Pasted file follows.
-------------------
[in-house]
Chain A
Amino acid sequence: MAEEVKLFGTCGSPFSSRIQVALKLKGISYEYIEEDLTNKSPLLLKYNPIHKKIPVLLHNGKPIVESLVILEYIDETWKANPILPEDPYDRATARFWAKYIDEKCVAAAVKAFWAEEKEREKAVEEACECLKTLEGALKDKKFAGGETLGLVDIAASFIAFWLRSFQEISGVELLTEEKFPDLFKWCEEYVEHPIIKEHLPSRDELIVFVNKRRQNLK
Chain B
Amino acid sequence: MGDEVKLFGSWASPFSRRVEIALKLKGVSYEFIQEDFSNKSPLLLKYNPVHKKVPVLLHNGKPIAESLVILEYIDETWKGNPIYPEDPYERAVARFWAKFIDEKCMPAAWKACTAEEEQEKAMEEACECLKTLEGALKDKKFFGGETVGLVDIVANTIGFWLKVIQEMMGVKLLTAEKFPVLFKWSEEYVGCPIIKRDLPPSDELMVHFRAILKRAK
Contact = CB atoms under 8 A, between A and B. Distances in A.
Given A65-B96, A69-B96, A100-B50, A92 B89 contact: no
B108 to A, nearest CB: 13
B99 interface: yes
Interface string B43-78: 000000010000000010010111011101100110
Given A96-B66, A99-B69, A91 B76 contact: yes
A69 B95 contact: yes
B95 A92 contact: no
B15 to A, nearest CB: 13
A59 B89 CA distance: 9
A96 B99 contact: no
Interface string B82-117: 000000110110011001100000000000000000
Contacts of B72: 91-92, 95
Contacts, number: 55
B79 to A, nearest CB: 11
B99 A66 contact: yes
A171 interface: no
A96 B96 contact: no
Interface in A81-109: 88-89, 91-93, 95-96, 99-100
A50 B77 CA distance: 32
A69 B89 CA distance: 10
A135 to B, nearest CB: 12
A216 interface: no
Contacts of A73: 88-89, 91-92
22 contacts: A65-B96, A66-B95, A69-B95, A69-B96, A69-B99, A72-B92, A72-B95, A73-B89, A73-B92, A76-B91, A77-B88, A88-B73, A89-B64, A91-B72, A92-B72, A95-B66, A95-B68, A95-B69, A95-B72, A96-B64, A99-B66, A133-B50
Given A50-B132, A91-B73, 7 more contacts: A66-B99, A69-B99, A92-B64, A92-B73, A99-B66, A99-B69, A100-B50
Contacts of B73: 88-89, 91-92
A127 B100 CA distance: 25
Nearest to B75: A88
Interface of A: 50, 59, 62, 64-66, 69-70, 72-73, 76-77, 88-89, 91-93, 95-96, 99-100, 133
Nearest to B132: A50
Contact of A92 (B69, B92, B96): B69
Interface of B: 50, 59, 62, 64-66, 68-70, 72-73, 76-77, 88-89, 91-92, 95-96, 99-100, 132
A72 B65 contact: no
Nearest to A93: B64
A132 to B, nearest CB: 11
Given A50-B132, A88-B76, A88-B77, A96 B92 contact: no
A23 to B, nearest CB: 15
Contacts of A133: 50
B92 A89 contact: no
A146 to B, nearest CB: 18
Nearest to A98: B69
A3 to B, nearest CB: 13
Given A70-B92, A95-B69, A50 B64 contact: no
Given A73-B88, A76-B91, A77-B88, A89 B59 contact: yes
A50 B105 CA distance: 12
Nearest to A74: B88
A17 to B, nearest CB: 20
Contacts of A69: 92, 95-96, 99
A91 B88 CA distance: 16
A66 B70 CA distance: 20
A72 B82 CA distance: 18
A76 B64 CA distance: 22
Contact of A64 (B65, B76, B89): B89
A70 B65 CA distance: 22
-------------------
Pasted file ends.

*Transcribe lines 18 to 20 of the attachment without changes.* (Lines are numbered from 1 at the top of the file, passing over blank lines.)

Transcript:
Contacts of B72: 91-92, 95
Contacts, number: 55
B79 to A, nearest CB: 11